Dutch doctors demand tough anti-smoking policy

27th May 2008, Comments 0 comments

Two lung specialists are calling for price of tobacco products to be raised by 300 percent.

27 May 2008

BEVERWIJK - Two lung specialists from a hospital in Beverwijk to the north of Amsterdam say Dutch anti-smoking policy is not nearly aggressive enough.

Lung specialists Pauline Decker and Wanda de Kanter say the ban on smoking in bars, restaurants and cafes, scheduled to go into force on 1 July is insufficient.

The doctors are supported in their position by the Dutch Association of Lung Specialists.

They believe that the smoking ban in bars and restaurants is less than adequate, and are pushing for the price of tobacco products to be raised by 300 percent. They have also called for health insurers to pay for treatment to help people quit smoking.

They are also demanding a ban on smoking on school premises, and on the sale of cigarettes in supermarkets and filling stations.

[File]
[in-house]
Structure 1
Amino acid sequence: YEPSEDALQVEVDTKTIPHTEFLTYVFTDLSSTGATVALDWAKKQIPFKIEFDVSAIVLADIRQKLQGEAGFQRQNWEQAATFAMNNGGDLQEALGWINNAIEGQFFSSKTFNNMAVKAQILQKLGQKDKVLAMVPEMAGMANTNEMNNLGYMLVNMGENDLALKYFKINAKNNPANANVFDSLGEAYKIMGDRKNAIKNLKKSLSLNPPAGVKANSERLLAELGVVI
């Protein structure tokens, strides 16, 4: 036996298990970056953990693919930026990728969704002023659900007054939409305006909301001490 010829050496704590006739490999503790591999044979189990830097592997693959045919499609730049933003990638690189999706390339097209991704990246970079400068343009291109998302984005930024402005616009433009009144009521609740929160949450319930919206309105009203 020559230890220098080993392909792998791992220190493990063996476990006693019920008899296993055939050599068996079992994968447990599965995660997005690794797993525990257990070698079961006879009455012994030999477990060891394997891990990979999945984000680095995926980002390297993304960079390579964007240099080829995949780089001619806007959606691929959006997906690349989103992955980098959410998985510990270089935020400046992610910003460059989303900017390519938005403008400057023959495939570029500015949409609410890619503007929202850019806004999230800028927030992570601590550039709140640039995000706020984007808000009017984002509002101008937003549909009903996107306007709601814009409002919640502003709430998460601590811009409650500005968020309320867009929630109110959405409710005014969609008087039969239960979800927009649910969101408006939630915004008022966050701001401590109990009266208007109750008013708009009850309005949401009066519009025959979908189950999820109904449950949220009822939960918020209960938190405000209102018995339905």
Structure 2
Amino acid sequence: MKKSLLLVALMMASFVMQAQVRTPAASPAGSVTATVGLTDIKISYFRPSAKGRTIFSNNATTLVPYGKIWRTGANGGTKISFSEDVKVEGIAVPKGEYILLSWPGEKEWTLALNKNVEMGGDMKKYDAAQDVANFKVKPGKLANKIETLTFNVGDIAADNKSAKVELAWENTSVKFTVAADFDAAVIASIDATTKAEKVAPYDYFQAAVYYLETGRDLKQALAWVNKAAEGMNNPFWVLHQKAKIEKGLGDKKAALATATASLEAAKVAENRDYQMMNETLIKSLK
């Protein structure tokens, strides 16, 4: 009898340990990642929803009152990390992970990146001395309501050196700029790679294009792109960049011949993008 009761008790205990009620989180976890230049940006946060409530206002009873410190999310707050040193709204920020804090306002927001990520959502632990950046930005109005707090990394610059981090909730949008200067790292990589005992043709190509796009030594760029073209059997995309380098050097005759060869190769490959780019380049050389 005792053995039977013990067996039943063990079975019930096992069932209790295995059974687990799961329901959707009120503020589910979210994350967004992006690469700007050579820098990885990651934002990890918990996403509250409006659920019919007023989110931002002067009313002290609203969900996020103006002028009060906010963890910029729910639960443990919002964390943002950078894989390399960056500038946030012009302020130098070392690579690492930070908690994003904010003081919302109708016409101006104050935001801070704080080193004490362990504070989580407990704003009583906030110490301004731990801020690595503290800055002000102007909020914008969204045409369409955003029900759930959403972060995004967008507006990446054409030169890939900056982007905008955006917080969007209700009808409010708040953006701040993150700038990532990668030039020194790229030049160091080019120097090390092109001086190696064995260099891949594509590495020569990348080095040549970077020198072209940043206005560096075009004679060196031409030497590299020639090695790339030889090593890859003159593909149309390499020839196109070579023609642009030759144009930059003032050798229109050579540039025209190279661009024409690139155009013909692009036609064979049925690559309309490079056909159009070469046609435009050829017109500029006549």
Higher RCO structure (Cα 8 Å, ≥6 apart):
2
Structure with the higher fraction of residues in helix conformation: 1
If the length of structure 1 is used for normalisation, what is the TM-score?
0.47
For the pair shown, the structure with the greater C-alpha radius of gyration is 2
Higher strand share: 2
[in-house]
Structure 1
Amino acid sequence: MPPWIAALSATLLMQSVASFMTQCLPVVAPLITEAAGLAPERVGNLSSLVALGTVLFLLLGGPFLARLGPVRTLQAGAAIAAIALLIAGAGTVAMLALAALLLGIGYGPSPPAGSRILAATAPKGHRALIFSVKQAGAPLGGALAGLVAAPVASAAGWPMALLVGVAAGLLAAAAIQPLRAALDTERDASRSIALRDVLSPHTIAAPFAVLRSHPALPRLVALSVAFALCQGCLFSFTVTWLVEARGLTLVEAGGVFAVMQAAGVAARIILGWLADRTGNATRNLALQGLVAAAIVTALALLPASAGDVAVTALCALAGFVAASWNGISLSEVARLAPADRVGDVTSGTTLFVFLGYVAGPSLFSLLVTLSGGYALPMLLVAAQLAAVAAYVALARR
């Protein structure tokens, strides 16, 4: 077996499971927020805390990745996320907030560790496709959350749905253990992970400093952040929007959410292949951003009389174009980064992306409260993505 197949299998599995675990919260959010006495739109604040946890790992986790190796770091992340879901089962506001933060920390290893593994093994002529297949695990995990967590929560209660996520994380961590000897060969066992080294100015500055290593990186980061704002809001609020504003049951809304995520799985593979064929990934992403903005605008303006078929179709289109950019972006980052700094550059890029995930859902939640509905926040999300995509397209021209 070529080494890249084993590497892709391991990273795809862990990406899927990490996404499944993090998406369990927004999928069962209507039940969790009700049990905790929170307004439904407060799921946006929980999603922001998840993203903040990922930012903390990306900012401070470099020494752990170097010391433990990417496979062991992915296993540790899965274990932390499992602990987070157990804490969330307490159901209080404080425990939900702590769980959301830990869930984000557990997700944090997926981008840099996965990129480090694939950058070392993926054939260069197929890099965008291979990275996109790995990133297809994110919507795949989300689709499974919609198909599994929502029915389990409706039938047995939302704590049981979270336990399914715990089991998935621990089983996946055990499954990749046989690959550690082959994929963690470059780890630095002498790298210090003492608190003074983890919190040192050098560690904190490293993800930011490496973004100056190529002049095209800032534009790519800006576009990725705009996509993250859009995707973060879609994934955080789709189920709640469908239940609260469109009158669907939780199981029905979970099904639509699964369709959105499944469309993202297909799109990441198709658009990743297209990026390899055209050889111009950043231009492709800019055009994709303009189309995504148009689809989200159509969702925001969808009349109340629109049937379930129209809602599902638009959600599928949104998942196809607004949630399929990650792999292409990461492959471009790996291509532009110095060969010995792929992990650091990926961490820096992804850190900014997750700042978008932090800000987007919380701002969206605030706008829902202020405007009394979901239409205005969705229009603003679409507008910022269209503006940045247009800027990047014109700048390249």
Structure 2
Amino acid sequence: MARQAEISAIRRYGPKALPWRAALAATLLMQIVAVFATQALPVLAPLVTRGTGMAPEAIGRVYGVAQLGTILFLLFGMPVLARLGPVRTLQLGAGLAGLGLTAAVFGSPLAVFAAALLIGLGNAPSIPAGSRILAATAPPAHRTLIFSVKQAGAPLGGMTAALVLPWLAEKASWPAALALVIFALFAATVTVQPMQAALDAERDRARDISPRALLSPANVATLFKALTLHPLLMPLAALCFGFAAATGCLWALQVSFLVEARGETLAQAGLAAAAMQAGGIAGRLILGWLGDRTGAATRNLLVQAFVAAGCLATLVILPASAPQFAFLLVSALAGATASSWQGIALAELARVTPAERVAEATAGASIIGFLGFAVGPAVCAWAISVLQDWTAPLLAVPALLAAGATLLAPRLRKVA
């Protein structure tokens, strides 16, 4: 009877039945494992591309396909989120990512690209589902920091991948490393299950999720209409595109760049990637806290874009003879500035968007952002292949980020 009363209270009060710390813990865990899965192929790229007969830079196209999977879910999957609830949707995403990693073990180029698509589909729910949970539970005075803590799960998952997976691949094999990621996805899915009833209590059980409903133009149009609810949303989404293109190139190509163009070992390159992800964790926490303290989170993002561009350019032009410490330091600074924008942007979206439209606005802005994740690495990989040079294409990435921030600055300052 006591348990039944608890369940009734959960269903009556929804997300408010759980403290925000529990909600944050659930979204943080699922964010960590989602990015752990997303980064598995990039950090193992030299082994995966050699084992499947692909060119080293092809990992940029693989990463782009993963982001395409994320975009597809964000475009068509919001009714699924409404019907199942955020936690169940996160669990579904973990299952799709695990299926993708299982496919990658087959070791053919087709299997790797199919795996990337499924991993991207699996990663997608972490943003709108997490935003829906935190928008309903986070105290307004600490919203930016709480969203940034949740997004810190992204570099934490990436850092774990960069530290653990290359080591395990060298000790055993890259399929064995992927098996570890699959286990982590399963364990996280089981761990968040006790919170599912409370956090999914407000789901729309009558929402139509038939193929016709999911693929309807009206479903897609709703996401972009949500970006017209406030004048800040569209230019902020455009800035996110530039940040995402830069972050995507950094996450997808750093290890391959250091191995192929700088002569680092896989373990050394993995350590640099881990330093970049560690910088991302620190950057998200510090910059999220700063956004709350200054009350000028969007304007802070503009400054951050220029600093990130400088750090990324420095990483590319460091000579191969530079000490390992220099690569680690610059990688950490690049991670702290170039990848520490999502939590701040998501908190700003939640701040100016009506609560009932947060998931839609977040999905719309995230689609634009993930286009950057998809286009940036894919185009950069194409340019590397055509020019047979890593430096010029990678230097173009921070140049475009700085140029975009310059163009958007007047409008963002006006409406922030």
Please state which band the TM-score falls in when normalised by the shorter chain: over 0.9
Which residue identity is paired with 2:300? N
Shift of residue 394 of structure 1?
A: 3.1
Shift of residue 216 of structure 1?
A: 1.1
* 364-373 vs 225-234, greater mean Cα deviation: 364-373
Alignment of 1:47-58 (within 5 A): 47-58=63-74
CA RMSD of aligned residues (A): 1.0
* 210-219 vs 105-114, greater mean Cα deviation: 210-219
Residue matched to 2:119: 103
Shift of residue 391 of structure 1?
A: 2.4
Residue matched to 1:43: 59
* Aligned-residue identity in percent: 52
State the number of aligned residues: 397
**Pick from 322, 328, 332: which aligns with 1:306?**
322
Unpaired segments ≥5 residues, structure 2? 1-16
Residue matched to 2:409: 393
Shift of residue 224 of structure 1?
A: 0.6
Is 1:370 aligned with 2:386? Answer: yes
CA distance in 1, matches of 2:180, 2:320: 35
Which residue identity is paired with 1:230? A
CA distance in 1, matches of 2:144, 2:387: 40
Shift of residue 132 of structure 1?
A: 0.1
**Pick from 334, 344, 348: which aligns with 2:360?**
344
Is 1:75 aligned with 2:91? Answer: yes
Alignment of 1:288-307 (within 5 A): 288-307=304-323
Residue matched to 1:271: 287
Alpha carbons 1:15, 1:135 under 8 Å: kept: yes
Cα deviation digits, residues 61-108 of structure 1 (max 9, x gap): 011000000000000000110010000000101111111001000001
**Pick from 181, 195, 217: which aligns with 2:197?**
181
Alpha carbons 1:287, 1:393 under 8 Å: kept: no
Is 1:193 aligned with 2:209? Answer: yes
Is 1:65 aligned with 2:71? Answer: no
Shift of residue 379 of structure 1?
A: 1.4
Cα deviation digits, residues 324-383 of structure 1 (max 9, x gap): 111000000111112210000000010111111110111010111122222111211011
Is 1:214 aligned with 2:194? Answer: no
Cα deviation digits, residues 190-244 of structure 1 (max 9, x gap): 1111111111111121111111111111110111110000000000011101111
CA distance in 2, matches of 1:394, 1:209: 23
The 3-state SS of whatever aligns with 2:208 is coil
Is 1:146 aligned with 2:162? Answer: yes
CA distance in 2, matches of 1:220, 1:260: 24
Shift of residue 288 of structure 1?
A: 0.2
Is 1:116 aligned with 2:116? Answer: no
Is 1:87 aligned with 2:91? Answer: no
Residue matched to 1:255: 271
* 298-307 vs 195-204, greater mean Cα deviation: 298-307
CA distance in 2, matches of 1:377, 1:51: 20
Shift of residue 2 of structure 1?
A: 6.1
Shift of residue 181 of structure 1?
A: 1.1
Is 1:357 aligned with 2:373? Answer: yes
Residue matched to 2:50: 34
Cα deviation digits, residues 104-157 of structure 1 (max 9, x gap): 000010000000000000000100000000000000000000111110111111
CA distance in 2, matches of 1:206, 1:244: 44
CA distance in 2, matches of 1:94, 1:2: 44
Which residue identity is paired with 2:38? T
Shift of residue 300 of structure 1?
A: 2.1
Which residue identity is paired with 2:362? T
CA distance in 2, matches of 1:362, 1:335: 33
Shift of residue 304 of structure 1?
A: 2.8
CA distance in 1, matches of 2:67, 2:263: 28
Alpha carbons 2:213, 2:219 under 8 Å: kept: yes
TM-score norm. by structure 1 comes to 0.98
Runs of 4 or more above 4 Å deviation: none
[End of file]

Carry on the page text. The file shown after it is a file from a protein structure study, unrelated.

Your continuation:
The doctors stress that their demands are designed to lessen patients' suffering and that they are not angry with smokers but with the government.

According to Dr De Kanter, "We're not angry with smokers, we're angry with the government. The government is addicted to the revenue generated by tobacco taxes.

"The smoking ban is all well and good but it doesn't go far enough. The age limit for buying tobacco should be raised from 16 to 18 and the price of a pack of cigarettes should be tripled.

"That way young people won't be able to afford them. It's absolutely scandalous that the health minister is opposed to allowing insurance companies to cover anti-smoking treatments".

Doctors Decker and De Kanter, authors of a book called The Netherlands Stops - Smoking! which will be released on 31 May to coincide with World Stop Smoking Day, say "23,000 people die in The Netherlands every year from smoking-related illnesses. What are we doing to ourselves?"

[Radio Netherlands / Jacqueline Carver / Expatica]

0 Comments To This Article